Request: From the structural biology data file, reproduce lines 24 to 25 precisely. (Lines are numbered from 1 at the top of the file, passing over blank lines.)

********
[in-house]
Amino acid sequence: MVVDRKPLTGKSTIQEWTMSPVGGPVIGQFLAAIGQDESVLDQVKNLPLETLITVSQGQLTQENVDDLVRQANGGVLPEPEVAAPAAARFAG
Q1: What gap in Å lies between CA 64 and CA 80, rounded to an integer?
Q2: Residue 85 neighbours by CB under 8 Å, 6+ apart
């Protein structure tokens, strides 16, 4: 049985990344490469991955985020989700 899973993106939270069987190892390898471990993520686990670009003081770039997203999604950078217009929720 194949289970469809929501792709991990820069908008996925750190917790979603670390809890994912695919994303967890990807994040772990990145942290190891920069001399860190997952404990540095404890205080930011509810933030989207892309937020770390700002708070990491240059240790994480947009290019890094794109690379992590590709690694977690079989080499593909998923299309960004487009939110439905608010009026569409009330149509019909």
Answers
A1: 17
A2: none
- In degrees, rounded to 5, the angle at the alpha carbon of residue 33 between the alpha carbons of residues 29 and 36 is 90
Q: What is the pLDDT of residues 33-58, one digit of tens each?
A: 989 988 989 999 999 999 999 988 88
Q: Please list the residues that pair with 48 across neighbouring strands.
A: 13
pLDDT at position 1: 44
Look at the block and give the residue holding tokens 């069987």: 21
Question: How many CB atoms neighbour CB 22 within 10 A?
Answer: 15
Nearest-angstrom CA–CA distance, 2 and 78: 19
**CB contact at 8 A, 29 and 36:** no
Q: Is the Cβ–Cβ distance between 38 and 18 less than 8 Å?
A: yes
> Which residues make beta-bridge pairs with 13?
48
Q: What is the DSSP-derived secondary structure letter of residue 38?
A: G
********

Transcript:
Q: What is the DSSP-derived secondary structure letter of residue 38?
A: G